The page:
Our friends in Washington continue to reward witless members of the financial sector. Meanwhile, those of us who don’t fly Bonus Class think about importing guillotines from France.
Thankfully, we may not need to place the order.
All we have to do is to get Washington to listen to the best idea I’ve heard to end the decline of housing prices and, thereby, restore our confidence in the most important asset most Americans ever own. The idea comes from economist A. Gary Shilling and real estate developer Richard S. Lefrak.
Their suggestion: Don’t think about artificially low mortgage interest rates and other stop-gaps. Instead, eliminate the oversupply of houses. Too many were built during our speculative bubble. And, by the way, don’t spend a dime of taxpayer money doing it.
How can this be done? Simple: Open our borders to immigrants who can buy a home in the USA. Let a million immigrants a year do this for two years and the entire oversupply of homes and condos will be absorbed. Supply will no longer dwarf demand. Prices will stabilize. The most important asset owned by the vast majority of Americans will, once again, be a source of pride and security.
While there has been much attention to the incredible decline of equity markets around the world, the reality is that the vast majority of Americans have far more at risk in the housing market than in any financial asset. Indeed, many Americans have more at risk in the used car market than in the stock market.
According to the 2007 Survey of Consumer Finances done by the Federal Reserve, households at every level of income had more at risk in the value of their home than in financial assets. Those in the top 10 percent, for instance, owned homes with a median value of $500,000, compared to median financial assets (of any kind) of $404,500.
Households in the middle of the income distribution owned a primary home worth a median of $150,000--- but had median financial assets of only $18,600. Middle-income Americans, in other words, have about 8 times as much to lose in the home resale market as in all of the financial markets.
As you can see from the table below, 80 percent of all households in America have at least 3 times as much at risk in the housing market as in our financial markets.
The Risk of Home Value Versus The Risk in Financial Assets
This table compares median home values to the median value of all financial assets across income groups based on the 2007 Survey of Consumer Finances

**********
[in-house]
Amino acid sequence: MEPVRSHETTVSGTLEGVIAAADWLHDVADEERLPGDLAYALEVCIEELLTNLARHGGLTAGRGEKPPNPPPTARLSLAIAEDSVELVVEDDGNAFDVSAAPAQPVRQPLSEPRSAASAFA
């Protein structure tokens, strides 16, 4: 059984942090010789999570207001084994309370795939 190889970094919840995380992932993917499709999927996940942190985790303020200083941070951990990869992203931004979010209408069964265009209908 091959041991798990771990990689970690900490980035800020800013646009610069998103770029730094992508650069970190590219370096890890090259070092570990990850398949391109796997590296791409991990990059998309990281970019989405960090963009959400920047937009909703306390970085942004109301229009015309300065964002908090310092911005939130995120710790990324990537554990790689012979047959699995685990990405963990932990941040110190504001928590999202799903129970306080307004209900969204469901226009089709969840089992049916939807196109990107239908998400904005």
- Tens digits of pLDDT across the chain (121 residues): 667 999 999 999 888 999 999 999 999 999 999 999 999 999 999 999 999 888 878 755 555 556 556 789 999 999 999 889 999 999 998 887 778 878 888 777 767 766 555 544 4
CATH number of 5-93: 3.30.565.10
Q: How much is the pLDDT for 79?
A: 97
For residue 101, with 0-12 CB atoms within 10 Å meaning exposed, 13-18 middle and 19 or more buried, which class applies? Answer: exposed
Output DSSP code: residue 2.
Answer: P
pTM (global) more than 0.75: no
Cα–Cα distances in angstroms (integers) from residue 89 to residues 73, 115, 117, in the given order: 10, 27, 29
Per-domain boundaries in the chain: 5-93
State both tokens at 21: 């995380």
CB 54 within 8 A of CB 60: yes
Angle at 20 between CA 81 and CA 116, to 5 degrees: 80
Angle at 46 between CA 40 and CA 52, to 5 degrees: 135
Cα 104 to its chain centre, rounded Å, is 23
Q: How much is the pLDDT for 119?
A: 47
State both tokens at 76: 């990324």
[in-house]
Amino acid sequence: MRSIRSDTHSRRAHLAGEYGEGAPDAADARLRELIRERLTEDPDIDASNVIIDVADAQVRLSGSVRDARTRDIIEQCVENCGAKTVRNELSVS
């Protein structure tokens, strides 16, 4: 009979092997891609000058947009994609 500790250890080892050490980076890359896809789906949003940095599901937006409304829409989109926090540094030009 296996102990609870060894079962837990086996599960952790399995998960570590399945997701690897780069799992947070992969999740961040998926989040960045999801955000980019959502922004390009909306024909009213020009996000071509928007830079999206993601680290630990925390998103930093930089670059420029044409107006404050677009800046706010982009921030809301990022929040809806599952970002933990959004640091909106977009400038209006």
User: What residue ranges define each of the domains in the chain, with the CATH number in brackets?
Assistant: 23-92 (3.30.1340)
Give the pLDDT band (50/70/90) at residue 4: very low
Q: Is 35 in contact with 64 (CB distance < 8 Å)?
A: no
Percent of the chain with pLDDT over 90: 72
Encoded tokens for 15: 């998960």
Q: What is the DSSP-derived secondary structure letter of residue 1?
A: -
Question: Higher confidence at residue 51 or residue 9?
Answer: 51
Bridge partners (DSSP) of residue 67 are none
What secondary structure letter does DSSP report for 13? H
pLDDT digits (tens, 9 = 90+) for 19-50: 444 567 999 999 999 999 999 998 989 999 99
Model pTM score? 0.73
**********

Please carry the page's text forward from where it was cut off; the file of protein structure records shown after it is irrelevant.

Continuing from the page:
|Percentile of Income||Median Primary Home Value||Median Value of All Financial Assets||Ratio of Home Value to All Financial Assets|
|Bottom Quintile||$100,000||$ 1,700||58.82x|
|Second Quintile||$120,000||$ 7,000||17.14|
|Middle Quintile||$150,000||$ 18,600||8.06|
|Fourth Quintile||$215,000||$ 58,300||3.69|
|Second 10 Percent||$300,000||$129,900||2.31|
|Top 10 Percent||$500,000||$404,500||1.24|
Economist Shilling estimates that we built 6.7 million excess houses during the 1996-2005 boom. Of that number 3.9 million was to make up for underbuilding during the 1987-1991 S&L collapse. That leaves an excess of 2.8 million homes. That’s about two years of building. He estimates that lower building in 2007 and 2008 reduced the surplus to about 2.4 million houses for which there is no need.
Reducing interest rates or resetting mortgage payments won’t reduce that surplus. The only way it will disappear is if new customers appear and buy those homes. The fastest way to do this is to offer citizenship to immigrants as a reward for buying a home in America.
Here’s the formula: Buy a home. Save America. Become a citizen. Admirably direct when compared to the expensive and complex programs Congress has already funded.
Shilling writes: “If the current excess of 2.4 million houses were purchased at today’s median home price of about $184,000, the inflow from foreigners would be $88 billion, assuming they put 20 percent down and borrowed the rest in this country. If they paid cash, the inflow would be $442 billion. Besides stimulating the domestic economy, this would vastly help the U.S. foreign accounts and support the dollar. The mere announcement of this program would probably go a long way toward stabilizing house prices.”
And stabilizing house prices is very important. It may be the whole ball game. Without productive action, economist Shilling estimates that home prices will fall another 20 percent by the end of 2010. That would leave nearly 25 million homeowners “upside-down”--- owing more on their homes than they are worth.
This is something worth writing about to your representative or senator.
On the web:
Earlier Scott Burns Columns on the Foreclosure/Financial Crisis:
“In the Heart of the Bubble” (6/23/2002)
“Letter from Northern California” 10/20/02
“Can You Say Boom?” (3/21/04)
“Working Stiff Houses, Fat Cat Prices” (5/01/05)
“A Tale of Two Transactions” (12/02/06)
"The Nitwit Sector" (8/10/07)
"Déjà Vu, Texas" (10/5/07)
"The Coming National Yard Sale" (12/21/07)
"Hazard at the Extremes" (2/22/08)
"The Last Bubble" (3/23/08)
“How History Is Likely To See Our Financial Crisis” (10/15/08)